Let's see if I understand the differences in calipers and master cylinders first. From what I have found out last night is that there were 2 different calipers available for the 78-87 El Camino. GM had a low drag set up and a non drag set up. And the straight bore master is supposed to be used for the low drag calipers and the step bore is for the non drag calipers. The step bore masters that I have seen online appear to have a taller section closest to the booster to accommodate a valve for the extra pressure needed for the non drag front calipers. And the only way to tell if the remanufactured calipers that I have are low drag or non drag is to apply pressure and release, then measure the tolerance of release. So would I be safe to say that I first need to find out what calipers I have before buying another master cylinder? Does this all sound correct or did I misunderstand what I have read?

BTW yes I did switch over to a disk/disk proportioning valve.


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Other way around. Step bore is for low drag calipers.
Regardless, you will want a straight bore 1" master for your new Blazer brakes.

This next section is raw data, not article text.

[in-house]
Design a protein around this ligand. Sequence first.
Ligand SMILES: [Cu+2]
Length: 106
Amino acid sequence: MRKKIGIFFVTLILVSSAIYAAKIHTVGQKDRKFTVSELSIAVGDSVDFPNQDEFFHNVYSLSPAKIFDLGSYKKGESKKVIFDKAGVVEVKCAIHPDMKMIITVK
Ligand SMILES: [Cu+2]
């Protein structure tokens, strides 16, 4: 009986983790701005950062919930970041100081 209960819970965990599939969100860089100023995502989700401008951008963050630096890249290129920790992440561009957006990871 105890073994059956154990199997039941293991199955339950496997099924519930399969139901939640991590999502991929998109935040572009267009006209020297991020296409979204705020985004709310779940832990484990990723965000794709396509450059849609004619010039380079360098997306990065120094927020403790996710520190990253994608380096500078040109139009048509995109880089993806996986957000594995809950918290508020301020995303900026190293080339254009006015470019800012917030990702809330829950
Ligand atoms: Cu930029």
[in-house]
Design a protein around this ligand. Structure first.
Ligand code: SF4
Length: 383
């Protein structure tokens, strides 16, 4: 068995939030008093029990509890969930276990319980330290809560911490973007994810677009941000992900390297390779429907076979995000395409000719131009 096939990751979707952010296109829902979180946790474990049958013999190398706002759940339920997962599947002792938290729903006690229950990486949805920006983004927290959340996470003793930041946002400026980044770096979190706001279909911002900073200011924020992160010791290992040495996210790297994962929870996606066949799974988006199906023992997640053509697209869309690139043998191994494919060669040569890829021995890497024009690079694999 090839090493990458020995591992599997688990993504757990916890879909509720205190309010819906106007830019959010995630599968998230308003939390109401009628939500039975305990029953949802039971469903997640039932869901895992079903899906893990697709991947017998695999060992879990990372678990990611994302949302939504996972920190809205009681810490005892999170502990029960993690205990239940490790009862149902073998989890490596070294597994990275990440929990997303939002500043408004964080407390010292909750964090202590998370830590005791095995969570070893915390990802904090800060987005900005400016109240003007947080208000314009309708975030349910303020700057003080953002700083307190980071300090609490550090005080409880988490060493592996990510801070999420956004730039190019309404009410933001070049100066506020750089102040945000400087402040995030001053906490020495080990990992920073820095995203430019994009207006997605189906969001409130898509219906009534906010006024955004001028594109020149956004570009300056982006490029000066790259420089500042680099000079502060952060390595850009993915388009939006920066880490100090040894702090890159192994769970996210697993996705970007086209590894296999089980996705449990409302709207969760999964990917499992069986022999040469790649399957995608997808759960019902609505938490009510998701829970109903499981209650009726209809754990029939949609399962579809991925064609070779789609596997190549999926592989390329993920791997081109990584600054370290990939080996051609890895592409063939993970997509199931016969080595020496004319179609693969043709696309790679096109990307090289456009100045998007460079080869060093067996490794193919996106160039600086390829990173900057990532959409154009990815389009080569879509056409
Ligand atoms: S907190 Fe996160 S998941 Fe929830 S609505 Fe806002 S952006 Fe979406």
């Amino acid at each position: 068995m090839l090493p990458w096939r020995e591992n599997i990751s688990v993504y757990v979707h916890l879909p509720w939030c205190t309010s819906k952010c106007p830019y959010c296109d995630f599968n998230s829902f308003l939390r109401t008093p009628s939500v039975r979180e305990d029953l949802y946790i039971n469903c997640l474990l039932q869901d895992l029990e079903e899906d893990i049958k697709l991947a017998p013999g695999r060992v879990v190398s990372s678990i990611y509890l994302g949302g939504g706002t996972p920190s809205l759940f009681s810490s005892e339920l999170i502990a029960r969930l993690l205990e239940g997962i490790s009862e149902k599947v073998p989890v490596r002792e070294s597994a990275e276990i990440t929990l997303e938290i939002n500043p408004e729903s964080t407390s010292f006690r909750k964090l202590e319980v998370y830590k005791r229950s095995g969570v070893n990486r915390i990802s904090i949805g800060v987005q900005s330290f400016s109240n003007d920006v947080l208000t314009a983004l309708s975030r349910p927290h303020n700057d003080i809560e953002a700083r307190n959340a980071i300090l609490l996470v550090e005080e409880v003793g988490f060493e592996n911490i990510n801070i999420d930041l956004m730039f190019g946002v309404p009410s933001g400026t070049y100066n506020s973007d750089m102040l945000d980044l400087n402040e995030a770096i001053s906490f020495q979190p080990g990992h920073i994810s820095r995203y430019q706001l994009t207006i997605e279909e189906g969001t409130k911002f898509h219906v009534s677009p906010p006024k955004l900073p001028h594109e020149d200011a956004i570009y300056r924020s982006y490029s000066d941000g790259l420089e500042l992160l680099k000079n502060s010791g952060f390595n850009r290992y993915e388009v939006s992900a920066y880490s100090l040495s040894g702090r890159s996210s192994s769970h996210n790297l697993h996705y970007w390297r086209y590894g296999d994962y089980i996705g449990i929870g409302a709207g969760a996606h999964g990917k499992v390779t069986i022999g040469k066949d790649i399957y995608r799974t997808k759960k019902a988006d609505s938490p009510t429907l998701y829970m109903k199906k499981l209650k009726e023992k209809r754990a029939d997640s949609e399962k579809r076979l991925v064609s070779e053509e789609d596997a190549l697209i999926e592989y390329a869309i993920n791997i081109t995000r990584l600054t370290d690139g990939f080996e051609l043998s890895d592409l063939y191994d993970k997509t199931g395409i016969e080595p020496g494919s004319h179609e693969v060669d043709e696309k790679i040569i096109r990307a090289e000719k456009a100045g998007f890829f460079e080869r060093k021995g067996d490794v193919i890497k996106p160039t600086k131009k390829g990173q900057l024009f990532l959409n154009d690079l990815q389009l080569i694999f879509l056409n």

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Discussion Starter #15
So I now have the Blazer brakes on the front with all new hardware, the 1" bore master, and I still have the soft pedal and no front braking power. I done a few 60-0 and 40-0 brake test and it takes forever to stop and wants to lock up the rear tires. Just for grins and giggles I went in reverse as fast as I felt comfortable (possibly 40mph) and hit the brakes and stopped in a 1/4 of the distance and hurt my neck in the process, with no break of traction.

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Discussion Starter #17
I've gone through about 5 gallons of dot3 over the past 2 mo. I'm going to need a sponsor to chase down this air pocket.

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Put needle nose vise grips on the rear hose at the axle. With care you can block-off the rear and not damage the hose. Try the pedal and see it it firms up. If it does, then you got trouble in the rear brakes.
 

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Discussion Starter #20
Put needle nose vise grips on the rear hose at the axle. With care you can block-off the rear and not damage the hose. Try the pedal and see it it firms up. If it does, then you got trouble in the rear brakes.
I am unable to do that with braided lines. I don't understand how it could be the rear when they are the brakes that are engaging. It feels like the rear have 75% and the fronts have 25% power.